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The Shul Rat

 

I grew up going to synagogue (Shul is the Yiddish word for synagogue) every week, starting when I was four years old. Mom would drop me and my brother off at junior congregation on Saturday mornings, and then pick us up an hour later to take us to our afternoon activities (gymnastics for me and computers for him). I liked that the service for the kids was only an hour and in a small sanctuary, and that the leader of the services was kind of a kid himself, in his early twenties and doing bible trivia with us and giving out candy for correct answers. There was something special about being there with only my brother and no parents around. It gave us a chance to take ownership of our Judaism, and our synagogue, and not have it be filtered through anyone else, or through a sense of duty.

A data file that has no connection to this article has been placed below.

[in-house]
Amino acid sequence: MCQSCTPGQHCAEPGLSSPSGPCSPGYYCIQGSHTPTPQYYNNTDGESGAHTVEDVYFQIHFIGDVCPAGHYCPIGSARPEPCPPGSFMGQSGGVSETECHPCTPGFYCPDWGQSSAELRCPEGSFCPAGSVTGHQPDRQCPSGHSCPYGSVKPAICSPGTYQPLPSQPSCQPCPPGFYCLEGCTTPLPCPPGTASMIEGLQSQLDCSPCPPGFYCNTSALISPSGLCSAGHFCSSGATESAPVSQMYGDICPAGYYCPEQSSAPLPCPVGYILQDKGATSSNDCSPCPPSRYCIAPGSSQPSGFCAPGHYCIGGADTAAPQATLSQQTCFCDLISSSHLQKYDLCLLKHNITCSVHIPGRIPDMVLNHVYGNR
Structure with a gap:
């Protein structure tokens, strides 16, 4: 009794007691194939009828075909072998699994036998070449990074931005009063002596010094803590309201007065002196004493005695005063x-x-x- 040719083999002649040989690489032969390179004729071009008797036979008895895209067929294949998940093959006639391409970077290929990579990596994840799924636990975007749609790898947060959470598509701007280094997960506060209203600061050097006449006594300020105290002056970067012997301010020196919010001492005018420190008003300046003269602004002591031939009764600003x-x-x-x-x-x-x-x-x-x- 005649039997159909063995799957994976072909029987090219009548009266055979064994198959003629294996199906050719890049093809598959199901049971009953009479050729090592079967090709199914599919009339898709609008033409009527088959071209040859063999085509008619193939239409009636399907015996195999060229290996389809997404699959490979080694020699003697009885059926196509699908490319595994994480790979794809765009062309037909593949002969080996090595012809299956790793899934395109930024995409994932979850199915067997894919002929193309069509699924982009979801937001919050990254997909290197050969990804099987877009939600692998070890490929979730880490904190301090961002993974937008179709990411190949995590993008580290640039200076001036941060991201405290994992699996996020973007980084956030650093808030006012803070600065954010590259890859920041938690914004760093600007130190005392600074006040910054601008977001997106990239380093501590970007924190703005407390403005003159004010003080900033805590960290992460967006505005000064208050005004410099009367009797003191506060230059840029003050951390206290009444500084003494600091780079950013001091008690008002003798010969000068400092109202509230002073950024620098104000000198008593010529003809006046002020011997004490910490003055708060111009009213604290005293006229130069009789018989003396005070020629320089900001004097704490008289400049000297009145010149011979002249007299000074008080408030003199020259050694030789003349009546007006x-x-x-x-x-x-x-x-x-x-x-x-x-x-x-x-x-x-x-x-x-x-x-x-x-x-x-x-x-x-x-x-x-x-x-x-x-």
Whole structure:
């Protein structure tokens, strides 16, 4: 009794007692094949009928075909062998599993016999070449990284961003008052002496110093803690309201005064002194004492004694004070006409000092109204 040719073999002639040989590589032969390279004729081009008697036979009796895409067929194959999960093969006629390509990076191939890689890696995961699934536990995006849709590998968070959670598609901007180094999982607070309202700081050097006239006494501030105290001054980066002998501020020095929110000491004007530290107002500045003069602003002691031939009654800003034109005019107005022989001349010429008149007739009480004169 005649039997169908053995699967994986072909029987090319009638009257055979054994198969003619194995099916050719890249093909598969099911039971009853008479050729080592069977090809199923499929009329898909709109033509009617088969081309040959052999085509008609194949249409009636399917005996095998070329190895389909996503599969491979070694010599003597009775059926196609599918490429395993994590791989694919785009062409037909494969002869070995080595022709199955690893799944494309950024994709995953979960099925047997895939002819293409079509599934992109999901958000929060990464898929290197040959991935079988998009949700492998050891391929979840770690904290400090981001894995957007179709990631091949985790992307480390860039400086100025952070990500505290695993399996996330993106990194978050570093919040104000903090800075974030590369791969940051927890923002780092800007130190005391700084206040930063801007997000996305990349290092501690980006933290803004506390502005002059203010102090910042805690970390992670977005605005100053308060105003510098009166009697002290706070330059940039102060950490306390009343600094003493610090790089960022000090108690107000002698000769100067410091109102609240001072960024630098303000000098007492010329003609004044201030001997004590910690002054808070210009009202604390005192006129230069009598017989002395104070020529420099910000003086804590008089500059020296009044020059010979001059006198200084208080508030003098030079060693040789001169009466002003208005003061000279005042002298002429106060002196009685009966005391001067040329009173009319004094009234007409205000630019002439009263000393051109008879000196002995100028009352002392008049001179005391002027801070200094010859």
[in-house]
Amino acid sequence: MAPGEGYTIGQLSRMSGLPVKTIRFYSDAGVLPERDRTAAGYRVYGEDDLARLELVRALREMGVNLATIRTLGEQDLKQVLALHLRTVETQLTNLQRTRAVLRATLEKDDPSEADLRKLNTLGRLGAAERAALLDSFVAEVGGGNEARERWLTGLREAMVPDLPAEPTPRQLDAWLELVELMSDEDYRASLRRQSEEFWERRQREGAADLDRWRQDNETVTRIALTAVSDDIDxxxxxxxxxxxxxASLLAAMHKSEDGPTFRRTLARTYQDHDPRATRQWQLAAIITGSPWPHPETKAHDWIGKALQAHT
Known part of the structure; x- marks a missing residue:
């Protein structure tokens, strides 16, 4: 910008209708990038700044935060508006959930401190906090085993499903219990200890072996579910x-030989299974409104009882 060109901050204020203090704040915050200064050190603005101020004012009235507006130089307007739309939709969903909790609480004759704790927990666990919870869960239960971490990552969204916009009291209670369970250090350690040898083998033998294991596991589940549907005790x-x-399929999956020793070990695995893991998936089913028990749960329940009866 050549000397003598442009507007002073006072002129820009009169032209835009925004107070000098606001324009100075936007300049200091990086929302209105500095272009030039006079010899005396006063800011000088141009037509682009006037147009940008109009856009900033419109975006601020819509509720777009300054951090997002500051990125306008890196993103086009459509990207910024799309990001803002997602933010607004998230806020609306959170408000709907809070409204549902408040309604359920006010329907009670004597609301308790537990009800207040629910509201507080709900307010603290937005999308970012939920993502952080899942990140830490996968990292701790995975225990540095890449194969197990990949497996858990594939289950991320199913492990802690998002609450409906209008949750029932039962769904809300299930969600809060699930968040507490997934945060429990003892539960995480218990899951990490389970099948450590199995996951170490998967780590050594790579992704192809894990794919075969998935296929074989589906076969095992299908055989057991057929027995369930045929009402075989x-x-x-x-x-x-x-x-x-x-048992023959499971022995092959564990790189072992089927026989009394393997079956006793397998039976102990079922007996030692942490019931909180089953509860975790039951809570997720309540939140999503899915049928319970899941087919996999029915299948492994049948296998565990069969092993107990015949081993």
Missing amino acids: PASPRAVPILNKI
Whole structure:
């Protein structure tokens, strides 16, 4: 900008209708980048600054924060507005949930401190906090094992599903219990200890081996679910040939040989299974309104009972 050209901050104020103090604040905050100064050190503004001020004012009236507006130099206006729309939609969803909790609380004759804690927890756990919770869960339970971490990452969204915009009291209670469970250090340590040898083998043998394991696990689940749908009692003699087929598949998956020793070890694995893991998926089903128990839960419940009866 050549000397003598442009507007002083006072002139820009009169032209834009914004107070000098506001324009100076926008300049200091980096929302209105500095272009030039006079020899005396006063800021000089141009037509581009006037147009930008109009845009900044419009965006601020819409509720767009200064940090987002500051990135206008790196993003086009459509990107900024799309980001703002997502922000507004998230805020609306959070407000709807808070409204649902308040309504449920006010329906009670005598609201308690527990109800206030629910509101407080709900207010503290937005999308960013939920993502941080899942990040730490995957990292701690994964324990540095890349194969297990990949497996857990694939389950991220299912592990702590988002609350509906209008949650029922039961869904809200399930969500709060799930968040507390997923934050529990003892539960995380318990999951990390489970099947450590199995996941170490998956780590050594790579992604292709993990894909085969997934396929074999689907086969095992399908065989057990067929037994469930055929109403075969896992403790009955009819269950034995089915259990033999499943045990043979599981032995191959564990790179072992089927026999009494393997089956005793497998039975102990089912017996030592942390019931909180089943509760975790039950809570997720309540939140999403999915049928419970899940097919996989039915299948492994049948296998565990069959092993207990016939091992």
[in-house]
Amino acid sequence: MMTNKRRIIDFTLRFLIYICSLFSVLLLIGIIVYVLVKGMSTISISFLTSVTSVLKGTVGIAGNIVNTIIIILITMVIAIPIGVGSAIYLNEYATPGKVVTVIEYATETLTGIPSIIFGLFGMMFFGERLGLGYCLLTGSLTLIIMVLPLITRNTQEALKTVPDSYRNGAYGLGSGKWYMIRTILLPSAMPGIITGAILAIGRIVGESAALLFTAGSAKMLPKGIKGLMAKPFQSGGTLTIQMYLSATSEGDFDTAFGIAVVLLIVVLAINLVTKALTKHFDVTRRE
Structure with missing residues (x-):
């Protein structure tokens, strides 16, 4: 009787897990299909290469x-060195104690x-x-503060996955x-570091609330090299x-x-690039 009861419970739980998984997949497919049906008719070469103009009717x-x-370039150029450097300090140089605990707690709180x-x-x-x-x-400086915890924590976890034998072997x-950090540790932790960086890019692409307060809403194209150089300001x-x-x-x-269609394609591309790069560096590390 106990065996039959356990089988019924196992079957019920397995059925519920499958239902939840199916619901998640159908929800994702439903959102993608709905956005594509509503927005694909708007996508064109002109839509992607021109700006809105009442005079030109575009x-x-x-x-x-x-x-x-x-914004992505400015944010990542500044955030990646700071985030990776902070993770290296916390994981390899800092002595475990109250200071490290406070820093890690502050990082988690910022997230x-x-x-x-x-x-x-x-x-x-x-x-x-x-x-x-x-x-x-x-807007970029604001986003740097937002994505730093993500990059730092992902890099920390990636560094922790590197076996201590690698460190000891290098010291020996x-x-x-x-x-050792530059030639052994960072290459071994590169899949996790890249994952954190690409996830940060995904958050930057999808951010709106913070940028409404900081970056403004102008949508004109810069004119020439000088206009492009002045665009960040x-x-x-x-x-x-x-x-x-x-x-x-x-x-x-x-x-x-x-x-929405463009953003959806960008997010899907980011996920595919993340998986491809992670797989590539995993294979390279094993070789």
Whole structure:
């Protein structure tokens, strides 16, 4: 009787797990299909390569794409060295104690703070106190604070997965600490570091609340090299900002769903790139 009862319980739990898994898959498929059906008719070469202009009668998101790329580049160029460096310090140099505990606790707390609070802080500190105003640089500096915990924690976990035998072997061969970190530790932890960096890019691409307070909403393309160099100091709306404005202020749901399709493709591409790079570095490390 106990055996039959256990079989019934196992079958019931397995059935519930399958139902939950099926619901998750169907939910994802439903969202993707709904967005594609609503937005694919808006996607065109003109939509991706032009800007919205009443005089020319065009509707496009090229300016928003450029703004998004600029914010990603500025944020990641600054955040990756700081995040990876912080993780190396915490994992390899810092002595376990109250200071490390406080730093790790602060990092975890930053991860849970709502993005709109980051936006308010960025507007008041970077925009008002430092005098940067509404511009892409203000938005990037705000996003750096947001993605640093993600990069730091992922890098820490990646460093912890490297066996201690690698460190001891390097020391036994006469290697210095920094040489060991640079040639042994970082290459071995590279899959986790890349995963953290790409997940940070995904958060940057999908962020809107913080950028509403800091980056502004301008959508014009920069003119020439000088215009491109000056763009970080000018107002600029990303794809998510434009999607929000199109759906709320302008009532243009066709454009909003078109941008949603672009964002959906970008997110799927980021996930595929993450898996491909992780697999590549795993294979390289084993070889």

I also liked that after services we could wander around the synagogue, until Mom got there, and it was like wandering through the White House without supervision. We’d sneak around and make it feel really mysterious and dramatic. The ceilings were high, and the setting was so formal, and everyone was quiet so as not to disturb the goings on in the main sanctuary. There was also something wonderful about having a community outside of my family, and a building to explore. My extended family was not next door, or down the block; we didn’t even have big family dinners more than once or twice a year, so the synagogue was my sense of family.